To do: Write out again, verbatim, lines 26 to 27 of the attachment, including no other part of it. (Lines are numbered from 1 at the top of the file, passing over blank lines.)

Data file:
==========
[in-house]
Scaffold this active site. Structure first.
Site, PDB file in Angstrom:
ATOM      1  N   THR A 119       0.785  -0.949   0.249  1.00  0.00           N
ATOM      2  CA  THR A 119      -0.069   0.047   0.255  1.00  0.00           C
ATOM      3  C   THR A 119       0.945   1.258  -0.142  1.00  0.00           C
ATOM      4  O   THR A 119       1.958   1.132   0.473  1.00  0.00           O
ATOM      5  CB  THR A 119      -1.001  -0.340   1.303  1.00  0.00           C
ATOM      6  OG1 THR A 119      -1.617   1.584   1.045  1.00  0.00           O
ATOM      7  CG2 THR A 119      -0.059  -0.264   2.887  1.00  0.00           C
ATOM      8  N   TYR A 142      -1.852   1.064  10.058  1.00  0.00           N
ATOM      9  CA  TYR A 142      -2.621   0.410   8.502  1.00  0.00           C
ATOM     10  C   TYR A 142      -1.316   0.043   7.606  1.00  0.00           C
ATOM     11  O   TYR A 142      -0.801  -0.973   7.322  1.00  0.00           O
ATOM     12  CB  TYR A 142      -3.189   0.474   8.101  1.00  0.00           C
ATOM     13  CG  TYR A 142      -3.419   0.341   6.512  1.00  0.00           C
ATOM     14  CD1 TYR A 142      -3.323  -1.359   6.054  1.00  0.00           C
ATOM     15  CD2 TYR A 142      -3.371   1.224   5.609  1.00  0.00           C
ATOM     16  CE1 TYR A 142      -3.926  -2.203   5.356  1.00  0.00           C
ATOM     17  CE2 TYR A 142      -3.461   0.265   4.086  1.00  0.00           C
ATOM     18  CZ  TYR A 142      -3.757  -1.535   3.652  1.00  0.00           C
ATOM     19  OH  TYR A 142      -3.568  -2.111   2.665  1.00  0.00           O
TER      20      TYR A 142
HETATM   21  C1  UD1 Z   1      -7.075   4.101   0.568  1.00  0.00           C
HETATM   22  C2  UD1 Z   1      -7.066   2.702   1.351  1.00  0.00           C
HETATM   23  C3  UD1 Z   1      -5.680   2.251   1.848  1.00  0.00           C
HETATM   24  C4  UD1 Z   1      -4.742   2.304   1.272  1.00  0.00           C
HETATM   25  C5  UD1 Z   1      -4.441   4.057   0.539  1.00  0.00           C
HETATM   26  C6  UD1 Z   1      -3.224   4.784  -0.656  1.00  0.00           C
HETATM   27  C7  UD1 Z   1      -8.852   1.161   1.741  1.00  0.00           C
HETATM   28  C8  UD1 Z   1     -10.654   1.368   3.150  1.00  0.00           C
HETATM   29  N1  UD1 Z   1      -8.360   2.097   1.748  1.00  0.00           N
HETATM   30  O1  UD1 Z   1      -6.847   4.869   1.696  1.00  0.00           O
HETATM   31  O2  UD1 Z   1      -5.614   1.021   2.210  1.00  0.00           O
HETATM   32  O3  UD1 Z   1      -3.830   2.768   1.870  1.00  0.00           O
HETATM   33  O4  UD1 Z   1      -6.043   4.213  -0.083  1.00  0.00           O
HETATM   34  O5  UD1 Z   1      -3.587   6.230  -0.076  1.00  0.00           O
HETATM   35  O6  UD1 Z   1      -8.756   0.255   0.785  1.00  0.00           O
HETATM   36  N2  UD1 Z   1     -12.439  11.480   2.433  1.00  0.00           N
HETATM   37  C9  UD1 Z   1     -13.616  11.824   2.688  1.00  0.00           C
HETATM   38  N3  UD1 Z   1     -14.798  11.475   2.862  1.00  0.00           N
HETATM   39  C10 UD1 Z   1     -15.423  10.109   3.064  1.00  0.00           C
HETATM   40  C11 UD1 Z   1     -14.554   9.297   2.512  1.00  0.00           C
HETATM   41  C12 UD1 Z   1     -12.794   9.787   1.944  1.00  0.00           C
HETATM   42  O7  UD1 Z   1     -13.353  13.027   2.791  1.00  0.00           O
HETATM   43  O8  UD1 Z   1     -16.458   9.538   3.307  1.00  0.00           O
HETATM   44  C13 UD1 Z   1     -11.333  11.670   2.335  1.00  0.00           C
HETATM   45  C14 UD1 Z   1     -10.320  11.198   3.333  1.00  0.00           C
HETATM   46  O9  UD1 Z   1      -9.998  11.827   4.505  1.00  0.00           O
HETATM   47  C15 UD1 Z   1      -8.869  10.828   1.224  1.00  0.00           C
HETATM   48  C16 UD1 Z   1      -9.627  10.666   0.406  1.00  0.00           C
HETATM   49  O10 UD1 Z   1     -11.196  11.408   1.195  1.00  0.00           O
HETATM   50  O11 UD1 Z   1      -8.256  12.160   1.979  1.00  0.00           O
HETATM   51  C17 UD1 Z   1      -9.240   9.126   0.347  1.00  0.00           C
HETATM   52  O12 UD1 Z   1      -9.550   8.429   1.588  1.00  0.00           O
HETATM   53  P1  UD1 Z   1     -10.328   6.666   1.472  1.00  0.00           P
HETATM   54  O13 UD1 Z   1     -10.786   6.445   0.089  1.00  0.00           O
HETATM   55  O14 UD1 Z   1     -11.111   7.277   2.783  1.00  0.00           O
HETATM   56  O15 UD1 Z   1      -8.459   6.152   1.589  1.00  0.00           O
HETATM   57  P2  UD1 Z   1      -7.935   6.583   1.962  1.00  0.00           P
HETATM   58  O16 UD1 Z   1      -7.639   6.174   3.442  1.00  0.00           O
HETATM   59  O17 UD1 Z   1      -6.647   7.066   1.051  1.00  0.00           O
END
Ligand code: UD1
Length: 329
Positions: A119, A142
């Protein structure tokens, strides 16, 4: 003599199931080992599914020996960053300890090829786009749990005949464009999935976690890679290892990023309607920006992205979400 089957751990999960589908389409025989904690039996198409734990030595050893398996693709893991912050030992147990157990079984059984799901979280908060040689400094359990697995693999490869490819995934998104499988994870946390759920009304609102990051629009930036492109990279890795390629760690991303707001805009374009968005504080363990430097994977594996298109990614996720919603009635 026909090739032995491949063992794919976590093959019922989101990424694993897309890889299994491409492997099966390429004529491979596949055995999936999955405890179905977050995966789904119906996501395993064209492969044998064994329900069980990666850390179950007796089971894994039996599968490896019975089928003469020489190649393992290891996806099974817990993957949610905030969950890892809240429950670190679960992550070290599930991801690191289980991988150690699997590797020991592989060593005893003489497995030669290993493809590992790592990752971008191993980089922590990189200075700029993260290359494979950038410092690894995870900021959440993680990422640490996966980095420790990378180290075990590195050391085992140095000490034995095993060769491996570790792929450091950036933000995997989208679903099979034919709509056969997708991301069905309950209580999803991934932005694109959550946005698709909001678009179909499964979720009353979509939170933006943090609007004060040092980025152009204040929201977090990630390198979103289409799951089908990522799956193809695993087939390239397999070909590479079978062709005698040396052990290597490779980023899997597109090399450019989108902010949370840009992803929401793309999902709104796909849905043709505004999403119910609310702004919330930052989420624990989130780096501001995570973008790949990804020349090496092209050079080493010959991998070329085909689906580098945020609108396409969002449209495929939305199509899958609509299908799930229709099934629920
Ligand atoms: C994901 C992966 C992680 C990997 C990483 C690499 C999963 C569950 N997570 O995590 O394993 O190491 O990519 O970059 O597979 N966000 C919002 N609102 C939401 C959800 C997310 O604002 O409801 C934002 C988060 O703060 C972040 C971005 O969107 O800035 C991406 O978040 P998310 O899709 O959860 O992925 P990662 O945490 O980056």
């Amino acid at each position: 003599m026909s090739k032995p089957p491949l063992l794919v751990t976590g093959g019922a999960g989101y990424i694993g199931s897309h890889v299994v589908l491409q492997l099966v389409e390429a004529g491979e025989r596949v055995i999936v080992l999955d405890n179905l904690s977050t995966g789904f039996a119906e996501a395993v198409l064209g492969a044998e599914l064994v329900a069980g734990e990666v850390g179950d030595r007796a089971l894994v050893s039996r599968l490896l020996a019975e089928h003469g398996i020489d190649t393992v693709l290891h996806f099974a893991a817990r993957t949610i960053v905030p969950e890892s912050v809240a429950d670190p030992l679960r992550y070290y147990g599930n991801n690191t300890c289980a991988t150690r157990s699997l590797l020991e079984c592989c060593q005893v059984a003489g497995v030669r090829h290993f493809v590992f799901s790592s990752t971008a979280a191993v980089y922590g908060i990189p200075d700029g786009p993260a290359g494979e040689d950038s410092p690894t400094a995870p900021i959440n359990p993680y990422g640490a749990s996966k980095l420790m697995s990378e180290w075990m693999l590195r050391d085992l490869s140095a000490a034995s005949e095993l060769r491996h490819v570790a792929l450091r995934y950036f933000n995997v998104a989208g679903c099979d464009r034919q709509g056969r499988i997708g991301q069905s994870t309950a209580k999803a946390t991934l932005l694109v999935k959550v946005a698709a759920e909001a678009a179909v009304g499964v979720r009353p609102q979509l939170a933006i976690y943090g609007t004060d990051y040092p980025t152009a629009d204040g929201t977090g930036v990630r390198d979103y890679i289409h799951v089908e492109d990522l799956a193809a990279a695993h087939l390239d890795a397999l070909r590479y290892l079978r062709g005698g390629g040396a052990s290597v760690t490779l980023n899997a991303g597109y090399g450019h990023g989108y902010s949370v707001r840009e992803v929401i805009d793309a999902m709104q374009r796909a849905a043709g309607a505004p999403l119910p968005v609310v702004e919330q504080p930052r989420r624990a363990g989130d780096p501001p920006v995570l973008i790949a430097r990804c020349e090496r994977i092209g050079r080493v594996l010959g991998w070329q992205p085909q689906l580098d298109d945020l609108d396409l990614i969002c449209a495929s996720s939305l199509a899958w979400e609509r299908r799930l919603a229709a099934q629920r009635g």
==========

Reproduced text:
HETATM   23  C3  UD1 Z   1      -5.680   2.251   1.848  1.00  0.00           C
HETATM   24  C4  UD1 Z   1      -4.742   2.304   1.272  1.00  0.00           C